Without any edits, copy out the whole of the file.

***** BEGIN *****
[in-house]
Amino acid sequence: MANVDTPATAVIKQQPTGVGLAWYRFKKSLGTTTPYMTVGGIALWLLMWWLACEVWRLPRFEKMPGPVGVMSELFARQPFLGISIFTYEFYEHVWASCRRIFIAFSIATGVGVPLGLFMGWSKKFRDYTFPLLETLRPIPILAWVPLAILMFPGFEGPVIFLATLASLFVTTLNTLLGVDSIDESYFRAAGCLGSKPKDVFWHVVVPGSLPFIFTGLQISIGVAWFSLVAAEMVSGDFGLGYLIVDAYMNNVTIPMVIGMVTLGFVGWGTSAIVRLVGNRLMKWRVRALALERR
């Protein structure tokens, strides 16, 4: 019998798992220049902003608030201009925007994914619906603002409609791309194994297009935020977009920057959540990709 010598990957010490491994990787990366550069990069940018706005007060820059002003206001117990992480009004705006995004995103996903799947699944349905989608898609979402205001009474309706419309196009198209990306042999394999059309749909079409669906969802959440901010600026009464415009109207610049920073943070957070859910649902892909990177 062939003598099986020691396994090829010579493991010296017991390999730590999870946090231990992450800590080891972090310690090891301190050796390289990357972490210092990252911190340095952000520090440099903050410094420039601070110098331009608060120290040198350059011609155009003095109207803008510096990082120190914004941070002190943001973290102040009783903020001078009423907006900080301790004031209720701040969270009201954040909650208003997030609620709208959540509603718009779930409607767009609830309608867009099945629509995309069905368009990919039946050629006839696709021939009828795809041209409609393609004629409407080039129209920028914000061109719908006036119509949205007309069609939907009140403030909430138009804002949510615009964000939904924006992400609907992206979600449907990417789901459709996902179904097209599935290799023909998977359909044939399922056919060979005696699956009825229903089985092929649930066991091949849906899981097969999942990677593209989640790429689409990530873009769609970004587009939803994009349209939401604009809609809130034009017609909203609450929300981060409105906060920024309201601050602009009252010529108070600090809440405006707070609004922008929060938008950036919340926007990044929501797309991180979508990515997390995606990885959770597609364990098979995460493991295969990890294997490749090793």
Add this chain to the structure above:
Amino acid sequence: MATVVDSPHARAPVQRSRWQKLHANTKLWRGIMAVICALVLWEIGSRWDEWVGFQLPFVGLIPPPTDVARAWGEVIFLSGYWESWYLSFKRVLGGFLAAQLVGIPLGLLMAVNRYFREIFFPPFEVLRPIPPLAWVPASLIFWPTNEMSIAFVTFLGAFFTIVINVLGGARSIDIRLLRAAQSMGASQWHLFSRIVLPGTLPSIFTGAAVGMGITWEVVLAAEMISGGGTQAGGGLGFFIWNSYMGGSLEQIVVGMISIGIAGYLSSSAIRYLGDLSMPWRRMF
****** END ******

[in-house]
Amino acid sequence: MANVDTPATAVIKQQPTGVGLAWYRFKKSLGTTTPYMTVGGIALWLLMWWLACEVWRLPRFEKMPGPVGVMSELFARQPFLGISIFTYEFYEHVWASCRRIFIAFSIATGVGVPLGLFMGWSKKFRDYTFPLLETLRPIPILAWVPLAILMFPGFEGPVIFLATLASLFVTTLNTLLGVDSIDESYFRAAGCLGSKPKDVFWHVVVPGSLPFIFTGLQISIGVAWFSLVAAEMVSGDFGLGYLIVDAYMNNVTIPMVIGMVTLGFVGWGTSAIVRLVGNRLMKWRVRALALERR
């Protein structure tokens, strides 16, 4: 019998798992220049902003608030201009925007994914619906603002409609791309194994297009935020977009920057959540990709 010598990957010490491994990787990366550069990069940018706005007060820059002003206001117990992480009004705006995004995103996903799947699944349905989608898609979402205001009474309706419309196009198209990306042999394999059309749909079409669906969802959440901010600026009464415009109207610049920073943070957070859910649902892909990177 062939003598099986020691396994090829010579493991010296017991390999730590999870946090231990992450800590080891972090310690090891301190050796390289990357972490210092990252911190340095952000520090440099903050410094420039601070110098331009608060120290040198350059011609155009003095109207803008510096990082120190914004941070002190943001973290102040009783903020001078009423907006900080301790004031209720701040969270009201954040909650208003997030609620709208959540509603718009779930409607767009609830309608867009099945629509995309069905368009990919039946050629006839696709021939009828795809041209409609393609004629409407080039129209920028914000061109719908006036119509949205007309069609939907009140403030909430138009804002949510615009964000939904924006992400609907992206979600449907990417789901459709996902179904097209599935290799023909998977359909044939399922056919060979005696699956009825229903089985092929649930066991091949849906899981097969999942990677593209989640790429689409990530873009769609970004587009939803994009349209939401604009809609809130034009017609909203609450929300981060409105906060920024309201601050602009009252010529108070600090809440405006707070609004922008929060938008950036919340926007990044929501797309991180979508990515997390995606990885959770597609364990098979995460493991295969990890294997490749090793």
Add this chain to the structure above:
Amino acid sequence: MATVVDSPHARAPVQRSRWQKLHANTKLWRGIMAVICALVLWEIGSRWDEWVGFQLPFVGLIPPPTDVARAWGEVIFLSGYWESWYLSFKRVLGGFLAAQLVGIPLGLLMAVNRYFREIFFPPFEVLRPIPPLAWVPASLIFWPTNEMSIAFVTFLGAFFTIVINVLGGARSIDIRLLRAAQSMGASQWHLFSRIVLPGTLPSIFTGAAVGMGITWEVVLAAEMISGGGTQAGGGLGFFIWNSYMGGSLEQIVVGMISIGIAGYLSSSAIRYLGDLSMPWRRMF